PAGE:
$$\begin{aligned} f_{log}(t) = \frac{e^{-\frac{t-\mu _{log}}{\sigma _{log}}}}{\sigma _{log}\left( 1+e^{-\frac{t-\mu _{log}}{\sigma _{log}}}\right) ^2} \end{aligned}$$
(13)
The noise in \(f(t)_{VLF}\) did not follow a recognizable distribution and therefore it was assumed to be normally distributed
$$\begin{aligned} f_{norm}(t) = \frac{1}{\sqrt{2\pi \sigma _{norm}^2} } e^{ -\frac{(t-\mu _{norm})^2}{2\sigma _{norm}^2} } \end{aligned}$$
(14)
Additionally, the Kolmogorov-Smirnov test (KS, \(\alpha = 0.01\), H0: Input comes from distribution) was used to further confirm that the noise follows the chosen distributions and they were fitted to \(f(t)_{VLF}\), \(f(t)_{LF}\), and \(f(t)_{HF}\) using the maximum likelihood operator.

Synthetic signal generation

It was assumed that skin color variations from the outflow of blood (low color intensity) to the influx of blood (high color intensity), and the reoccurring outflow of blood (low color intensity) could be simulated by using the cosine function. Cardiac cycle durations were acquired from the annotated “Normal Sinus Rhythm RR Interval Database” (http://www.physionet.org/physiobank/database/nsr2db/ [35]), which contains data from 54 healthy subjects. As fiducial points, the duration between successive R waves, i.e. the RR intervals, were used.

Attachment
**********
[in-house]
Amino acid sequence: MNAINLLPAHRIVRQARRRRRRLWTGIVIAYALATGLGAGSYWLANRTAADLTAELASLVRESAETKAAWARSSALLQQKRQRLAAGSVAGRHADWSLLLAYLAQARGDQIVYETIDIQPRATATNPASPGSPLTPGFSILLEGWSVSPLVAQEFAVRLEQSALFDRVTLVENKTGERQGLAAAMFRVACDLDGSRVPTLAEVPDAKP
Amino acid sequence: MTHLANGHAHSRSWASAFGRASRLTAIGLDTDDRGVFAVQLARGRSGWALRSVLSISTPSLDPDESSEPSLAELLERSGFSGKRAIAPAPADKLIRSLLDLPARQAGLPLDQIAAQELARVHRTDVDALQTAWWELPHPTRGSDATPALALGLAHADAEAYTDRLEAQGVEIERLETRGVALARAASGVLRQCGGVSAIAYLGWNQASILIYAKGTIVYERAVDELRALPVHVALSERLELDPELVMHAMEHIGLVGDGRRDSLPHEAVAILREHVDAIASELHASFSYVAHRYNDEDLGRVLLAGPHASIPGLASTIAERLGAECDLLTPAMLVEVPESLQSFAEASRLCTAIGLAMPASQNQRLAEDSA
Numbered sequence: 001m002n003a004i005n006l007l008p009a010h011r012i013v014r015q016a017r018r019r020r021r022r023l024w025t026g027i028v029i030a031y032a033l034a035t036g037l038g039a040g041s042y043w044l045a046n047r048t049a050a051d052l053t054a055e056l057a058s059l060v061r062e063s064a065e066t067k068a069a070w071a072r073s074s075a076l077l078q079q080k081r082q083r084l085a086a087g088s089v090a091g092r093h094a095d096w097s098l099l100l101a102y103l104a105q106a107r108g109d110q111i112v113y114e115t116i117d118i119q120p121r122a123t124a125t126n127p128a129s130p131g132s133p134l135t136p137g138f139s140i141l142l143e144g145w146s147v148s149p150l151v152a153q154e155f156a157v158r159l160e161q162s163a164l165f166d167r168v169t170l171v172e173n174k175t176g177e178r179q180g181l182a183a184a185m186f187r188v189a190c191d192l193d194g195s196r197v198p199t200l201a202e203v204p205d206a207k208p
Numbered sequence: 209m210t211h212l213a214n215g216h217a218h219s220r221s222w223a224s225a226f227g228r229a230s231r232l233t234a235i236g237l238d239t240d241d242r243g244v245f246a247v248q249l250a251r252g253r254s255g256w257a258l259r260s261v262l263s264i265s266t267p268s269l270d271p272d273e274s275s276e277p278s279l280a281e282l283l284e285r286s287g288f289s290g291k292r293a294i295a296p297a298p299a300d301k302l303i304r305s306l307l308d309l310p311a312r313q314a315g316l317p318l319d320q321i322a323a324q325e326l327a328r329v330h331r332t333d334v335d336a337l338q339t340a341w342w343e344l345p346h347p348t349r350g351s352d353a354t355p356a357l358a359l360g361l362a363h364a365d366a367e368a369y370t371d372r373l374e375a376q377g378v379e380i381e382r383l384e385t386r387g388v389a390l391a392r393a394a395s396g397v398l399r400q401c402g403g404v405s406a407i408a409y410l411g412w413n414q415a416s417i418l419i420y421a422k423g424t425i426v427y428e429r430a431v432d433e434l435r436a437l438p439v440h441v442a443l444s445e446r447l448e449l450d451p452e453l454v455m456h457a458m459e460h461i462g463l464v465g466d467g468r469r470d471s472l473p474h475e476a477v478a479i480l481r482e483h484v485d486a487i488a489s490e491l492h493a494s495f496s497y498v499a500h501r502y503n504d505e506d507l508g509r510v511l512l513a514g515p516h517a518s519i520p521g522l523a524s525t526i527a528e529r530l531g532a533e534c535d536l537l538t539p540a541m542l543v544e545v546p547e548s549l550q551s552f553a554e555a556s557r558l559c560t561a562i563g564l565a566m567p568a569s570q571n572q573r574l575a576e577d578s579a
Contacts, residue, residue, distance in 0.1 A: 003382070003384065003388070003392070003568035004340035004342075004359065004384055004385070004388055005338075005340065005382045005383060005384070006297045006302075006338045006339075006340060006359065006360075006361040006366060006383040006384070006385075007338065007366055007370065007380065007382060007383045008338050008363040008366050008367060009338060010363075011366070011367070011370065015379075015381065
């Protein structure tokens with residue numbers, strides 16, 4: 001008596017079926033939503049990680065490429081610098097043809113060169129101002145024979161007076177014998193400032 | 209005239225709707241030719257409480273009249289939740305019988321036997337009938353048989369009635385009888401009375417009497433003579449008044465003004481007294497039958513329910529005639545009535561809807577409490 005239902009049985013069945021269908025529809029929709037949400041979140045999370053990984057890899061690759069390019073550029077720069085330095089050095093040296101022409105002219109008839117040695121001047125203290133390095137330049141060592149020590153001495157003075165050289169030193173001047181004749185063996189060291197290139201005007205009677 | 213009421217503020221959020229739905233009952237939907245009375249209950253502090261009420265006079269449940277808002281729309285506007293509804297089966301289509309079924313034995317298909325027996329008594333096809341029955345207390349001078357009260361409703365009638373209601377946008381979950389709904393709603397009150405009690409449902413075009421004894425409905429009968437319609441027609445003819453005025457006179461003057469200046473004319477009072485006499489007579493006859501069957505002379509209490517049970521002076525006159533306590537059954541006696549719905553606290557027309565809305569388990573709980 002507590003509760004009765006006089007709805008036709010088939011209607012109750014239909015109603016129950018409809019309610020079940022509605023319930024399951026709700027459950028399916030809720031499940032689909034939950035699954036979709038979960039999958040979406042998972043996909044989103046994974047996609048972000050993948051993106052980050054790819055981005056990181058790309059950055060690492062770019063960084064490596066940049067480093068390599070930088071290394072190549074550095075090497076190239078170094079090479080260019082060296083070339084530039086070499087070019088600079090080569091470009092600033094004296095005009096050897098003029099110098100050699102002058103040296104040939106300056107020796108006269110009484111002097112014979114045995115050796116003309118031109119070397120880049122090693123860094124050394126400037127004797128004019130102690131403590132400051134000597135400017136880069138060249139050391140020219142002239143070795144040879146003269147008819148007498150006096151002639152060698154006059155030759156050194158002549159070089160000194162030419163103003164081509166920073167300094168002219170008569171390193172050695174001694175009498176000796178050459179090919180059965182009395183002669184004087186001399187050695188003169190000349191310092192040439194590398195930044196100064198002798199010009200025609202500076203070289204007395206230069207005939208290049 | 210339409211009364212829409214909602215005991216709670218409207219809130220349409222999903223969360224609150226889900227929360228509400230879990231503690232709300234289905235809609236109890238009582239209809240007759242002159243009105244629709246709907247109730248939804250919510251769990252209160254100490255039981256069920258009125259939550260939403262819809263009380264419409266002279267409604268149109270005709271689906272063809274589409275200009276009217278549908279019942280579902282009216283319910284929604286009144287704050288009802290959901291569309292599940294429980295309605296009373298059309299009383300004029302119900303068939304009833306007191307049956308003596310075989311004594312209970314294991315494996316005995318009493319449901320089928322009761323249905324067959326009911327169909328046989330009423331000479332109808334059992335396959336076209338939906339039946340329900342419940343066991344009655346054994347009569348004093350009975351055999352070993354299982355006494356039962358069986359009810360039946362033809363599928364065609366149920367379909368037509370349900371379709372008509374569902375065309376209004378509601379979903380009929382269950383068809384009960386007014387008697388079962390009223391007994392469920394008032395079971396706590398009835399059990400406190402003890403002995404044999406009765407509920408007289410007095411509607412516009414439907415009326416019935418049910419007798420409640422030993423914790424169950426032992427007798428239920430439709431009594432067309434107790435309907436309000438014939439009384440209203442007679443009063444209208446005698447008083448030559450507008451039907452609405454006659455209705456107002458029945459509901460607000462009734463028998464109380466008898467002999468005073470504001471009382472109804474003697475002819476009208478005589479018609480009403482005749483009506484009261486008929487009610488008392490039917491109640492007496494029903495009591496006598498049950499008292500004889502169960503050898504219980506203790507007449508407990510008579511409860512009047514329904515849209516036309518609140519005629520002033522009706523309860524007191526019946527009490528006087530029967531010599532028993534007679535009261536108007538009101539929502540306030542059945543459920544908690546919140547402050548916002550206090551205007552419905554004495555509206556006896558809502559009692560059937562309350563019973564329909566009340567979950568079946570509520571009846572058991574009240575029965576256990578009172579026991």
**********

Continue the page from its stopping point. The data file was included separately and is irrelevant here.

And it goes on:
Two sets of synthetic signals were constructed with the same sampling rate as the videos (25 Hz): For all subjects in the ECG database, signal segments representing exactly one period of a cardiac cycle using \(f_{cc} : \mathbb {R} \mapsto \mathbb {R}, t \rightarrow -\cos (2\pi ~1/t^{RR}_n~t), t \in [0, t^{RR}_n]\) where \(t^{RR}_n\) was the n-th RR interval from the recording, were appended until a signal with a duration of five minutes was obtained. This procedure was repeated for the second synthetic signal set signals without HRV and therefore a constant heart rate of 60 bpm (\(t^{RR}_n=1\)), resulting in two sets with each containing 4.5 h of synthetic vPPG signals.

Subsequently, VLF, LF, and HF noise were added. For each synthetic signal, the noise characteristics were chosen pseudo-randomly from the fitted values of one of the 24 videos.

Parameter optimization